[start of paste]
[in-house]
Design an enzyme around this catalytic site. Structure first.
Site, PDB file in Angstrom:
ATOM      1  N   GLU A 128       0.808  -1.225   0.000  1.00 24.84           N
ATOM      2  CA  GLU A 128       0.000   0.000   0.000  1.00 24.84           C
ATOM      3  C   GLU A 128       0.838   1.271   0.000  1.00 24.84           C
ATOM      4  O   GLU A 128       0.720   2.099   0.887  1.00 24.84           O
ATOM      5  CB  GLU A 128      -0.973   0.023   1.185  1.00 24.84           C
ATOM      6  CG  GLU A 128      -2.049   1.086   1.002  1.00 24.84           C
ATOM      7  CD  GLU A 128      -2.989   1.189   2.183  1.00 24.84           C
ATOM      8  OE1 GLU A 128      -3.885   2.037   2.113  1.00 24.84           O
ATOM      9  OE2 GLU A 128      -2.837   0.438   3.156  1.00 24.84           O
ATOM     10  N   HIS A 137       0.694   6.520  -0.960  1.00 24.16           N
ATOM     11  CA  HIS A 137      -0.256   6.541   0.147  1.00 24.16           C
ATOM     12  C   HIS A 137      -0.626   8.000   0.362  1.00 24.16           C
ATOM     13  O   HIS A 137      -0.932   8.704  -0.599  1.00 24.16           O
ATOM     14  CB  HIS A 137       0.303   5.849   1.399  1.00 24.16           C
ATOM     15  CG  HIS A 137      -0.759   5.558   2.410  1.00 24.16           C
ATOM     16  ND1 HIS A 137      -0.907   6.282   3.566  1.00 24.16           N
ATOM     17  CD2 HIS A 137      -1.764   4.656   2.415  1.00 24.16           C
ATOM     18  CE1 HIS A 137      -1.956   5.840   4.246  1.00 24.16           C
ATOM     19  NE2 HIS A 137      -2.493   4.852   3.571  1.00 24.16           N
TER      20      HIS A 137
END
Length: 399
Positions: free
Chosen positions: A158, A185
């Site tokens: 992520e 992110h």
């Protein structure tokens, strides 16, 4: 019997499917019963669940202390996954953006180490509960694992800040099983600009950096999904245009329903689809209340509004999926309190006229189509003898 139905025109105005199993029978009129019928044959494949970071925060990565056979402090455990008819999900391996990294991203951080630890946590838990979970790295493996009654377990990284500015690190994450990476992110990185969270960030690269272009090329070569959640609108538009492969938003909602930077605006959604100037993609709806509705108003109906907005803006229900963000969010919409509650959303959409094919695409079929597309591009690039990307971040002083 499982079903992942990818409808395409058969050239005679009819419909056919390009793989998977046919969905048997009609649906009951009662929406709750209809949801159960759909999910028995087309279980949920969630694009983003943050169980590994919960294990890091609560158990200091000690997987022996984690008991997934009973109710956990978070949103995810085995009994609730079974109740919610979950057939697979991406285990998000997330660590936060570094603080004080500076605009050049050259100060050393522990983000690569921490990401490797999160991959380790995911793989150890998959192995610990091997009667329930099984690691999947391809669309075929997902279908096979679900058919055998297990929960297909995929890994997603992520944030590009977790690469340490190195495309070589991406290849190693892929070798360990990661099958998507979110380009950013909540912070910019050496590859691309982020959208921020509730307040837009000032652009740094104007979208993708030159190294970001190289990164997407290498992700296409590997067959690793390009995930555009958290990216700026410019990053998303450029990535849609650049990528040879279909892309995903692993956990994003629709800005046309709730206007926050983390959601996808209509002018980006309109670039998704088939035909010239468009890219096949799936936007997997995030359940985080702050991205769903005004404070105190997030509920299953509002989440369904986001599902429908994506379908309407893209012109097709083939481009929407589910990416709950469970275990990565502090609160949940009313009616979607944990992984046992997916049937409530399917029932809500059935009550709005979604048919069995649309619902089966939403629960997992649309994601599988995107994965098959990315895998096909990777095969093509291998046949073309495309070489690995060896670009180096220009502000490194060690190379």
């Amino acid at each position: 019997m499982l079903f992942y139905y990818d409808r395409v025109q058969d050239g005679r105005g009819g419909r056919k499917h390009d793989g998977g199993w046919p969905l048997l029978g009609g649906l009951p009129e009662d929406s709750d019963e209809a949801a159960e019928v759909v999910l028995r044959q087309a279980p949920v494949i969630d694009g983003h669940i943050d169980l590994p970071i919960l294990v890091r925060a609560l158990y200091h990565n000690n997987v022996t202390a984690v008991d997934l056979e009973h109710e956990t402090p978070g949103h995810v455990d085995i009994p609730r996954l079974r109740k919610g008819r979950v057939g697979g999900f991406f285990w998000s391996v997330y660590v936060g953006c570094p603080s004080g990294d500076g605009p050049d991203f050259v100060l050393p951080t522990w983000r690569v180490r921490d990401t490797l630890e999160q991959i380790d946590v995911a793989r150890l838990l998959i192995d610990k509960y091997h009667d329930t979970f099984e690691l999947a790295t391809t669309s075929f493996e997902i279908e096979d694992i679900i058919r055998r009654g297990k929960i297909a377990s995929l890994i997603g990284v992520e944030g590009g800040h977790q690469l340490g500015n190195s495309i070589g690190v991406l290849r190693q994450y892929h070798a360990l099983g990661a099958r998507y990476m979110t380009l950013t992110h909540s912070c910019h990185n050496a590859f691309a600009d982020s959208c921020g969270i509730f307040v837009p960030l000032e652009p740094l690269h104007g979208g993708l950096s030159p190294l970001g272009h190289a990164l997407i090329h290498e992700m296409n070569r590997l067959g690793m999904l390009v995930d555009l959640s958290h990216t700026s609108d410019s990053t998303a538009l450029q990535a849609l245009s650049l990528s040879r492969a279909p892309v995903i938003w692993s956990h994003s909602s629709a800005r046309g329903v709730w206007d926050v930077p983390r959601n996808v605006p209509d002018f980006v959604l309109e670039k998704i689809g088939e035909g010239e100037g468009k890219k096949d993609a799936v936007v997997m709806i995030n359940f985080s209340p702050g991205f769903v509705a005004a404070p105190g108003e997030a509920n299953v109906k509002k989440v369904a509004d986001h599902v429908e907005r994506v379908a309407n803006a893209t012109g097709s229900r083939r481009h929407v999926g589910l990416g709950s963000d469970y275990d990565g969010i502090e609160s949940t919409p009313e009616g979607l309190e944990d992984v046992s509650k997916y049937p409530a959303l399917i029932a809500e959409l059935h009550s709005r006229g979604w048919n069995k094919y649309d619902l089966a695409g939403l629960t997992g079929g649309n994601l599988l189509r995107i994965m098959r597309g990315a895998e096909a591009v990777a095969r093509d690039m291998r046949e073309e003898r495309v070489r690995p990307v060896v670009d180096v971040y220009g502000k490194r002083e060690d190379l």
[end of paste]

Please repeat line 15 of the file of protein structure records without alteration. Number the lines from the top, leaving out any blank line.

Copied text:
ATOM     12  C   HIS A 137      -0.626   8.000   0.362  1.00 24.16           C